There is a 6.4 million discrepancy between the change in employment level and the change in unemployment level.
Such is a new all time record discrepancy between employment and unemployment in the Household Survey that measures the unemployment rate.
Household Survey April 2020
I created the lead chart as follows:
Discrepancy = Change in Employment Level – (-1 * Change in Unemployment Level)
- The number of employed fell by 22.369 million.
- Those unemployed only rose by 15.938 million.
- Employment discrepancy is 22.369 – 15.938 = 6.431 million
Negligible Labor Force Discrepancy
- Change in Labor Force: -6.431 Million
- Change in Not in Labor Force: +6.570 Million
- The labor force discrepancy is 6.570 – 6.431 = 0.139 million
- Employment Discrepancy Percentage: 28.8%
- Labor Force Discrepancy Percentage: 2.1%
Unemployment Rate Formula
Unemployment Rate = (Unemployed / Labor Force) * 100
Therefore, the unemployment Rate = (23.078 / 156.481) * 100 = 14.7%
That is how the BLS calculated the unemployment rate.
Factoring in the Employment Discrepancy
Unemployment Rate = ((23.078 + 6.431) / 156.481) * 100 = 18.6%
BLS Bogus Unemployment Rate Number
The BLS is very aware they published a bogus number.
Here is the pertinent BLS statement.
If the workers who were recorded as employed but absent from work due to “other reasons” (over and above the number absent for other reasons in a typical April) had been classified as unemployed on temporary layoff, the overall unemployment rate would have been almost 5 percentage points higher than reported (on a not seasonally adjusted basis).
However, according to usual practice, the data from the household survey are accepted as recorded. To maintain data integrity, no ad hoc actions are taken to reclassify survey responses.
To maintain “data integrity” the BLS reported a number known to be bogus.
And it does not stop there either.
Fiddling With Seasonal Adjustments
During their review of household survey data for April, BLS staff tested for outliers to determine whether any changes were needed to the seasonal adjustment models. BLS staff determined that the vast majority of household survey data series had significant outliers in April and manually added outlier terms to the seasonal adjustment models.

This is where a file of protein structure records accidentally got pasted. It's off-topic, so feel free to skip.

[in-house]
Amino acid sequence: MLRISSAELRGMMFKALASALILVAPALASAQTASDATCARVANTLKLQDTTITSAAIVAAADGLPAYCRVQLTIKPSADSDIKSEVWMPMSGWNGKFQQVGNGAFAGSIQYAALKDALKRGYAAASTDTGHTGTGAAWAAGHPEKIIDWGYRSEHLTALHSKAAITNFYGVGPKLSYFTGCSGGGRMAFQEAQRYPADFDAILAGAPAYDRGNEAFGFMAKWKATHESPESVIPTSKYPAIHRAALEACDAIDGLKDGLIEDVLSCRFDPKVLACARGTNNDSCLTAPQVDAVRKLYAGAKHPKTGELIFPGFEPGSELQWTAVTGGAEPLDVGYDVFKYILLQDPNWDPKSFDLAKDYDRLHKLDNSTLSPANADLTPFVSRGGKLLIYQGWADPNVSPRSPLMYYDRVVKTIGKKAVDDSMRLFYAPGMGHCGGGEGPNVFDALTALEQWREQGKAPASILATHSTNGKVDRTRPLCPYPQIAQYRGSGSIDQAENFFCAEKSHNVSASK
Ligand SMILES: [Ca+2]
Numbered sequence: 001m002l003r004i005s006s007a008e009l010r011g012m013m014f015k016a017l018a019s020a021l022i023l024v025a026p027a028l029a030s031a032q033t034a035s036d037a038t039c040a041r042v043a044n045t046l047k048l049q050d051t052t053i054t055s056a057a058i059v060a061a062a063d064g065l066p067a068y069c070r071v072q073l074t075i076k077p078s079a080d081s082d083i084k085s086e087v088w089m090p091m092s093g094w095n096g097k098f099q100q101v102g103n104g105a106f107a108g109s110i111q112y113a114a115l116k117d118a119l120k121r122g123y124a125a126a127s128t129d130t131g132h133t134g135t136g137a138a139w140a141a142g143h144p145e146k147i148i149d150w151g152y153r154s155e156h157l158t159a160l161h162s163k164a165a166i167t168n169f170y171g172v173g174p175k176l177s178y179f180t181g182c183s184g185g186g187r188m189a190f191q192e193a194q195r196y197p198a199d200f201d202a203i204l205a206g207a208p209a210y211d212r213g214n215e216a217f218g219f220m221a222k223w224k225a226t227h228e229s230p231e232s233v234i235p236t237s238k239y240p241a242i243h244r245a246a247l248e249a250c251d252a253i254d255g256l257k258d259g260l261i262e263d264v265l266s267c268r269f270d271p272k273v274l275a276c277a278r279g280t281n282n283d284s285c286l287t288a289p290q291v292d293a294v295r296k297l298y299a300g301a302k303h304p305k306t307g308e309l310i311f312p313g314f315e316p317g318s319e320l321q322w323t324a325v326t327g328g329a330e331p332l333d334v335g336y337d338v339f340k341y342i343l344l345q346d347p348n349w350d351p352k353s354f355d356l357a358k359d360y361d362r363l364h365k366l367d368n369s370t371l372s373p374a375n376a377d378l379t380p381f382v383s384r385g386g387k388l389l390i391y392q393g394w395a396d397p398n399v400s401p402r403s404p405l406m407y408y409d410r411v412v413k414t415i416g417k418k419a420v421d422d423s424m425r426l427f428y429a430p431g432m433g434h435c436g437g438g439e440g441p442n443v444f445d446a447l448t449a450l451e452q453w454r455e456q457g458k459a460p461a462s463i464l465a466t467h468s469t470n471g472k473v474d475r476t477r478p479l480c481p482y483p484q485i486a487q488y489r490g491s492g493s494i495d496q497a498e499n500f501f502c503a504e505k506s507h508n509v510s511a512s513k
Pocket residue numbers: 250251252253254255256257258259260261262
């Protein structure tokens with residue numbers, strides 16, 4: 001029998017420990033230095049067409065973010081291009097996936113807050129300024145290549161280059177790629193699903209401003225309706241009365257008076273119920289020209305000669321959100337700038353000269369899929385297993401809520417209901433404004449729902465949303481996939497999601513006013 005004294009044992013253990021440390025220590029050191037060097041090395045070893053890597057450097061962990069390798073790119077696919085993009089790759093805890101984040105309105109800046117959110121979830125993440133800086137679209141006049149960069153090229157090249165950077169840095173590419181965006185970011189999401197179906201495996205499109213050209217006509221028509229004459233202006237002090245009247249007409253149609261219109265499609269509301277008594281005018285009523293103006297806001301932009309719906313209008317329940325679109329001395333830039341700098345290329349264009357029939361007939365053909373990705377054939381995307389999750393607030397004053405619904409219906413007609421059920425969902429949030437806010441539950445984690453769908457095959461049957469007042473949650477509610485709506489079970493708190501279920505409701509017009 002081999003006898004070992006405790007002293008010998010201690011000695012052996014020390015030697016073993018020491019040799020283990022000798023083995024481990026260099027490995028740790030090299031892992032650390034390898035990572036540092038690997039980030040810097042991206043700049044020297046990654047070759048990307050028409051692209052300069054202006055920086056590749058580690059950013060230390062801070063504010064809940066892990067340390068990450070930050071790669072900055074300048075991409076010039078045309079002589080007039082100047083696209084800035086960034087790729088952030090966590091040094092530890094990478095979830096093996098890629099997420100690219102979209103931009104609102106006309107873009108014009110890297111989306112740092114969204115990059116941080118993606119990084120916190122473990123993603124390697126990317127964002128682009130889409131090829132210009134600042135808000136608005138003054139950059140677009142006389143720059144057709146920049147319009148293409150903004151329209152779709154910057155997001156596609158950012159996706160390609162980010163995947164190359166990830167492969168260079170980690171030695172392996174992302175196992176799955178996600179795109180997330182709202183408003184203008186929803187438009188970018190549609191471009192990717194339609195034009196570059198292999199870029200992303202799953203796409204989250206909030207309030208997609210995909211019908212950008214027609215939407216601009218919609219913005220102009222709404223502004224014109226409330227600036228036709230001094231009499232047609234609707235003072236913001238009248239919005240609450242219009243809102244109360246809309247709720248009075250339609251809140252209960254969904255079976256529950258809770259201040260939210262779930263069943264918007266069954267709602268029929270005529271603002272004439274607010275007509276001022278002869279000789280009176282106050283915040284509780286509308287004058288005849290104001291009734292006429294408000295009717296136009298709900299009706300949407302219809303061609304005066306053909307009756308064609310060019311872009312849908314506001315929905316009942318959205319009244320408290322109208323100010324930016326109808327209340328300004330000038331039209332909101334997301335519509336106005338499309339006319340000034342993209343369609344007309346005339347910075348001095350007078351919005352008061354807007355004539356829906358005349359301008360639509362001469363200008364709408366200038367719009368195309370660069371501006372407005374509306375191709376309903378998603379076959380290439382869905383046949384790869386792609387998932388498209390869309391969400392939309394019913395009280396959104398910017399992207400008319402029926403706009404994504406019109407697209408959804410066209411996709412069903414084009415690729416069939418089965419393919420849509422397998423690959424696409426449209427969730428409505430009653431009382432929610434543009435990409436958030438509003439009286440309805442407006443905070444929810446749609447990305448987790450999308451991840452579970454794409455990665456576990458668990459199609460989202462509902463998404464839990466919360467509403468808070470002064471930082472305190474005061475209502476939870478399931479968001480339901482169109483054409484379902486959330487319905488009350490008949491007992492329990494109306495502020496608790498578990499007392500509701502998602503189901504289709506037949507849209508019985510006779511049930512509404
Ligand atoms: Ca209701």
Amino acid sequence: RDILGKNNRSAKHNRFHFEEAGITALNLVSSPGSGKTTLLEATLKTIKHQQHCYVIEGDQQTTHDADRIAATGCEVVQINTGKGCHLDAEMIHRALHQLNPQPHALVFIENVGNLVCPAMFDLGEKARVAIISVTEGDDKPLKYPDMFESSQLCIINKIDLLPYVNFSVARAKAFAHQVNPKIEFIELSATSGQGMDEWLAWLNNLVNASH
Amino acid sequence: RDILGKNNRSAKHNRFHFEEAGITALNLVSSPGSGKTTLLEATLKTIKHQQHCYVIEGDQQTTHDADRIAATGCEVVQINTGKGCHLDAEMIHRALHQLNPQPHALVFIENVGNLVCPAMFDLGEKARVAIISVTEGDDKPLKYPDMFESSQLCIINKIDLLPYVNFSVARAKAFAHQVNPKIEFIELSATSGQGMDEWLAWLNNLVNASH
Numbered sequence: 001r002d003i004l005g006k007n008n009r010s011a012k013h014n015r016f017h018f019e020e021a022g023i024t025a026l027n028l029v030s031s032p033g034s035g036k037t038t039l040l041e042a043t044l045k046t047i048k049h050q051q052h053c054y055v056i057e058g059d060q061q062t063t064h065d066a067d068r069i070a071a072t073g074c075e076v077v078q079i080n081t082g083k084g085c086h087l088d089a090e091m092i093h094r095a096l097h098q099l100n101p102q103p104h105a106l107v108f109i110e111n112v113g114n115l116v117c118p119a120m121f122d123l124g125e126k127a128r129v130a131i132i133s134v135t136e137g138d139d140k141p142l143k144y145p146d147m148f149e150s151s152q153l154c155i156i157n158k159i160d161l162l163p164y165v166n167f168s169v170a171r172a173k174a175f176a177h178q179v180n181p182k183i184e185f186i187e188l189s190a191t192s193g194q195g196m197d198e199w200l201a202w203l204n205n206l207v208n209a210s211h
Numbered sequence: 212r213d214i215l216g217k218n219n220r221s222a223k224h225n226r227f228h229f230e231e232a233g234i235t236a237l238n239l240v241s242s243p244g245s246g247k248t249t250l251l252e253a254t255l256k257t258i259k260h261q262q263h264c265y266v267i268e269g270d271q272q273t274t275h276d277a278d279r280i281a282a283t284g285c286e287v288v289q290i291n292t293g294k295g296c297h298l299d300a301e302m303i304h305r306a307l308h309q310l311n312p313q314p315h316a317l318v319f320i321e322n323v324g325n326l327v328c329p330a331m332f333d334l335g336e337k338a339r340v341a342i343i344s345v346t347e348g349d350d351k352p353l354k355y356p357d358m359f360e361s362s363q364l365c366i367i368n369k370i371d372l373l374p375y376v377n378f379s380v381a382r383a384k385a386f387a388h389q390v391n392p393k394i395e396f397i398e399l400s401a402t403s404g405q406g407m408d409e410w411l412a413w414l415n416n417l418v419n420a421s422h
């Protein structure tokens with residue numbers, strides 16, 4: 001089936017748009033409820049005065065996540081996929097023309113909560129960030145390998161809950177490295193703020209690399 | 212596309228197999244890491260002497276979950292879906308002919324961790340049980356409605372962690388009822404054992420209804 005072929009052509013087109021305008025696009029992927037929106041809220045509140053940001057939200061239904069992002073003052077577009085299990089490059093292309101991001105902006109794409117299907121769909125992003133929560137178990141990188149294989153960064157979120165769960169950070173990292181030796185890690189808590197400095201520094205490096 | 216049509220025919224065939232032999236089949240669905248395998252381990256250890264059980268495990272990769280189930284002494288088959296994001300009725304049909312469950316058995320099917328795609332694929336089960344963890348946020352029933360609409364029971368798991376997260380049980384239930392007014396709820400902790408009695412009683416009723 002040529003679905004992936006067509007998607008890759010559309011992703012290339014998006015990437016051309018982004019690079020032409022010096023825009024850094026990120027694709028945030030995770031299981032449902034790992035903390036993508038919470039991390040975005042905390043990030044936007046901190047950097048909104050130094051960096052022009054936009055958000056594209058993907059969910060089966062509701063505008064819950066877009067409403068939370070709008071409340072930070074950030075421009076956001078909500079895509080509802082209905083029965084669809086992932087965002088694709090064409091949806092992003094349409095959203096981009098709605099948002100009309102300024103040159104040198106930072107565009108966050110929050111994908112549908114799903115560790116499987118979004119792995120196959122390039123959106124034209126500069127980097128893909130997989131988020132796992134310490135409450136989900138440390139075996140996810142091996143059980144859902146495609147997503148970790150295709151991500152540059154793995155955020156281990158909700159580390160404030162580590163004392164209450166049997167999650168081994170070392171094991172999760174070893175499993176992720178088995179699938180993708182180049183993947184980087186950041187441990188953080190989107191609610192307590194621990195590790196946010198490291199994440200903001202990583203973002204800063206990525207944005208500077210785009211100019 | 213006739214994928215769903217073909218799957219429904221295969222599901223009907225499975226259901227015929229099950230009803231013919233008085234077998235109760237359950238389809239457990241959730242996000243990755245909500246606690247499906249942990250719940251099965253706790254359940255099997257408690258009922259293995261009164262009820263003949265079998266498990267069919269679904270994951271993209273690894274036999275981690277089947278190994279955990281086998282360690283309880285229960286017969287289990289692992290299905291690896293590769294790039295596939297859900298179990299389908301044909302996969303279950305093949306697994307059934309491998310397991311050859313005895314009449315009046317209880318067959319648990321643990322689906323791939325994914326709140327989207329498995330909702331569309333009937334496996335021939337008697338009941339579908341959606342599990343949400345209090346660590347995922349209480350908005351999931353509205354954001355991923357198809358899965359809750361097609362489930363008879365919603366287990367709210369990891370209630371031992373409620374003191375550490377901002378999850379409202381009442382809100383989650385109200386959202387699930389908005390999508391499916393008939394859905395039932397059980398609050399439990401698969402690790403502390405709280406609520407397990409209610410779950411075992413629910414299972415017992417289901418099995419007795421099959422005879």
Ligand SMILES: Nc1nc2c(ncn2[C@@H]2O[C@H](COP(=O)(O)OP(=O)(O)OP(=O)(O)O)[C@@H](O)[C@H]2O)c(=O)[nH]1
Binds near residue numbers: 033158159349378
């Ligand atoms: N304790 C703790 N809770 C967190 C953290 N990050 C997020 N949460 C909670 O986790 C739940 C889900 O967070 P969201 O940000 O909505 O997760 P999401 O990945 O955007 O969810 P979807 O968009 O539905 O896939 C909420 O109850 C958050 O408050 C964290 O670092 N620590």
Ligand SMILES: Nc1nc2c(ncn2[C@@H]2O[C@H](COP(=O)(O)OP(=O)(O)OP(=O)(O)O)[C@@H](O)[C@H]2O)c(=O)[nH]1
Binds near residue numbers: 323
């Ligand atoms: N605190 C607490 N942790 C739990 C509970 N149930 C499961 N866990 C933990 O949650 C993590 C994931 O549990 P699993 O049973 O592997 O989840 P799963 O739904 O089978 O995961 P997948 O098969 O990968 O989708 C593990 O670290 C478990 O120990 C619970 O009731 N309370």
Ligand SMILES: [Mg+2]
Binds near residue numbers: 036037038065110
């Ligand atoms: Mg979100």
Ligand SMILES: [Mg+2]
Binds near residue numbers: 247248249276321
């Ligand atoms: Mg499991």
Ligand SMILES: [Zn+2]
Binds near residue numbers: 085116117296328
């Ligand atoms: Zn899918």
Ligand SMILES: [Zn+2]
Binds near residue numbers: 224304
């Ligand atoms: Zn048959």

Somehow, fiddling with massive outliers, and making manual adjustments to remove them, does not violate “data integrity”.
And it still does not stop there.
BLS Birth-Death Model
The Birth-Death Model pertains to estimates the BLS makes in regards to the birth or death of businesses not persons.
The BLS assumes that in a normal economy X number of businesses will be created. The BLS then adds Y number of employees to its employment count as a result.
This controversial procedure is widely panned, but I stopped commenting on it in January of 2014, because the overall impact is normally tiny.
Even some prominent economists do not understand the BLS process. It’s complicated, so I will leave it at that, except to say that when people comment on the adjustment, the comments are typically wildly off the mark, not the adjustment itself.
However, at economic turning points, the Birth-Death model itself is way off base.
Fiddling With the BLS Birth-Death Model
The BLS issued unusual statements this month regarding the Birth Death Model.
The establishment survey estimates use a model to account for the relatively stable net employment change generated by business births and deaths. Due to the impact of the COVID-19 pandemic, the relationship between the two was no longer stable in April. Therefore, the establishment survey made changes to the birth-death model.
- The BLS started with a baseline measure of unemployment known to be bogus by approximately 5 percentage points.
- Then they also applied heavily modified changes to the Birth-Death model and applied those changes to the Establishment Survey job number.
- They the apply heavily modified seasonal adjustments to both Establishment Survey Jobs Number and the Household Survey Unemployment Numbers..
I have had discussions with the BLS about this process in the past. Specifically I have have asked for Seasonally-Adjusted Birth-Death numbers and was informed they do not produce such numbers and it does not fit their methodology.
Normally, I believe the birth-death model has minor impacts. In April, we have major changes of highly uncertain amounts.
This process makes the jobs numbers itself (-20.5 million), not just the unemployment rate, highly suspect.
- It is necessary to knowingly publish a ridiculous estimate of a the unemployment rate, a key economic number, in order to maintain data integrity.
- To maintain integrity of the reported number of jobs and the reported unemployment rate, we bury the discrepancies in footnotes that few see and even fewer comment on.
- But hey, the stock market liked the fact we beat the street.
For further discussion of the Birth-Death model and other BLS statements for April, please see my discussion of the Jobs report: Over 20 Million Jobs Lost As Unemployment Rises Most In History.
Mike Shedlock,/ Mish is a registered investment advisor and a though leader on economics and finance. His “MishTalk” global economics blog is highly read and he posts several articles daily on the global economy. Topics include interest rates, central bank policy, gold, precious metals, jobs, and economic reports from an Austrian Economic perspective. Follow Mish on Twitter or email him.